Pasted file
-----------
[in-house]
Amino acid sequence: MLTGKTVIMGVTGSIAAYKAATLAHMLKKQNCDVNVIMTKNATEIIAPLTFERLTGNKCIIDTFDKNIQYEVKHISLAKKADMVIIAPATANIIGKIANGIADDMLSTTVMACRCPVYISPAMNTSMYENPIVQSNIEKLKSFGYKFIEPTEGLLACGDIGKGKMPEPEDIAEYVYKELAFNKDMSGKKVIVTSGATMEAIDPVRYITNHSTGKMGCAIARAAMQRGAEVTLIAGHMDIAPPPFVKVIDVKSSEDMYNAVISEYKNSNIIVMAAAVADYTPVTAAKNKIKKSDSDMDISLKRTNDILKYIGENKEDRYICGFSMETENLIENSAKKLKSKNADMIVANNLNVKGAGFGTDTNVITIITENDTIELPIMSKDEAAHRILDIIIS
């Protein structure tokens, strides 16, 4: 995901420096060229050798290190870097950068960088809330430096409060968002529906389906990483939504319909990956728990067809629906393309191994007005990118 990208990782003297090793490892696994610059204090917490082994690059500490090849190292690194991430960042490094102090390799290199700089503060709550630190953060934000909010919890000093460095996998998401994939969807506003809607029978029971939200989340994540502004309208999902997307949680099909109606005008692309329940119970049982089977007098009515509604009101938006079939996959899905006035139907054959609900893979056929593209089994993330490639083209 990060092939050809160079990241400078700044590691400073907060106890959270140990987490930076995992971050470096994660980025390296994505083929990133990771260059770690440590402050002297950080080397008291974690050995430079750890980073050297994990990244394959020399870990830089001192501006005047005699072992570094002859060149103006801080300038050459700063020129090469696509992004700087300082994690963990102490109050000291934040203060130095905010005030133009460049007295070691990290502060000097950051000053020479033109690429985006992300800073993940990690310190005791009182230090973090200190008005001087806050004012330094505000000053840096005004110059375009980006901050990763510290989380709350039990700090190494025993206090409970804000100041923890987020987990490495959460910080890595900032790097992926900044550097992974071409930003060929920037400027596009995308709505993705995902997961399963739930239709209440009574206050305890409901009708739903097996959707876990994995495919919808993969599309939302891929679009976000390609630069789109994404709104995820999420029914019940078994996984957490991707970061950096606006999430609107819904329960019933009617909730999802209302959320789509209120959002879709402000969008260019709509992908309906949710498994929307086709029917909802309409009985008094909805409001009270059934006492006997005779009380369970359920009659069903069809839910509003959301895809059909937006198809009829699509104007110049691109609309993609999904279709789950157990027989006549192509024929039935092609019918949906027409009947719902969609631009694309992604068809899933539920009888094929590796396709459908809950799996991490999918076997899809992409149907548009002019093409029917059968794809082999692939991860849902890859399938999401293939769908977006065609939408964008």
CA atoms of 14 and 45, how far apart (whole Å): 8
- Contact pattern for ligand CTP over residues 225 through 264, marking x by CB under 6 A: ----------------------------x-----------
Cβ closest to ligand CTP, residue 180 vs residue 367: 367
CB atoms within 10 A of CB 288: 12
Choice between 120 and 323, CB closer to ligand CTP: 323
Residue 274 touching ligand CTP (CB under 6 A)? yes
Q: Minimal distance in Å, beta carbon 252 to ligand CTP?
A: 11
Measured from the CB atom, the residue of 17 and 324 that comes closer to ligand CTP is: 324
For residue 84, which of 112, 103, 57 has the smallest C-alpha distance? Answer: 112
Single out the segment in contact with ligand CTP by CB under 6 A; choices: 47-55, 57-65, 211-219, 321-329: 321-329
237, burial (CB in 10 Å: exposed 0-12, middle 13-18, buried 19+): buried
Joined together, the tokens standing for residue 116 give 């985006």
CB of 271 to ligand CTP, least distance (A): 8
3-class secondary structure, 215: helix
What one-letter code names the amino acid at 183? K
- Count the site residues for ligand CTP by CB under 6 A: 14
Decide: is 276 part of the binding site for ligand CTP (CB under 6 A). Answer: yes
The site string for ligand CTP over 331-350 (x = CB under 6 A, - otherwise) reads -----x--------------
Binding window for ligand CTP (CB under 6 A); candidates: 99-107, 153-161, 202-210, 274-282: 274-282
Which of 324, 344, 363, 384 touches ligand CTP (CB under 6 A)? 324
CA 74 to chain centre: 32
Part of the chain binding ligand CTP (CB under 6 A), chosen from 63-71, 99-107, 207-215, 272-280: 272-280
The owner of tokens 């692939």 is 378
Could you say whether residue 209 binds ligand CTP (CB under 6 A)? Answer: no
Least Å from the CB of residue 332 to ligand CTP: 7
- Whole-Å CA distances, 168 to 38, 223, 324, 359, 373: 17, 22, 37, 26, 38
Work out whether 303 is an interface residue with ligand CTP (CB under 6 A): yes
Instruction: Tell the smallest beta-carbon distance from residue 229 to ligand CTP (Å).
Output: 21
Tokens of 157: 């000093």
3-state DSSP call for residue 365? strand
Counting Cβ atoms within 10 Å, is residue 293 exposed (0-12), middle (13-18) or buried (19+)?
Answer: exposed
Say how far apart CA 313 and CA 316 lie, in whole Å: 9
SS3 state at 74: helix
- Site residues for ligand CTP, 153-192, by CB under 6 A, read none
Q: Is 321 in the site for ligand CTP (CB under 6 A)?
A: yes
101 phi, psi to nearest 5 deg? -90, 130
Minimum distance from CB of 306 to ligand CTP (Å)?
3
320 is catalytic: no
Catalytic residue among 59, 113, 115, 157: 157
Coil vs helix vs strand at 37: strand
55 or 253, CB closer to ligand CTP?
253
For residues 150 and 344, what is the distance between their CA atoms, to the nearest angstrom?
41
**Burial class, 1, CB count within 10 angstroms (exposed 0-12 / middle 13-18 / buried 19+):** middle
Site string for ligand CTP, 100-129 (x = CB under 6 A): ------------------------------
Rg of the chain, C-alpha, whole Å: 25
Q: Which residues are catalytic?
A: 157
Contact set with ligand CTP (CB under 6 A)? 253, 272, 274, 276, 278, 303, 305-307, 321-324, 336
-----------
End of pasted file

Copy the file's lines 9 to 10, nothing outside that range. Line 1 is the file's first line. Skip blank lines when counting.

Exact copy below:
Residue 274 touching ligand CTP (CB under 6 A)? yes
Q: Minimal distance in Å, beta carbon 252 to ligand CTP?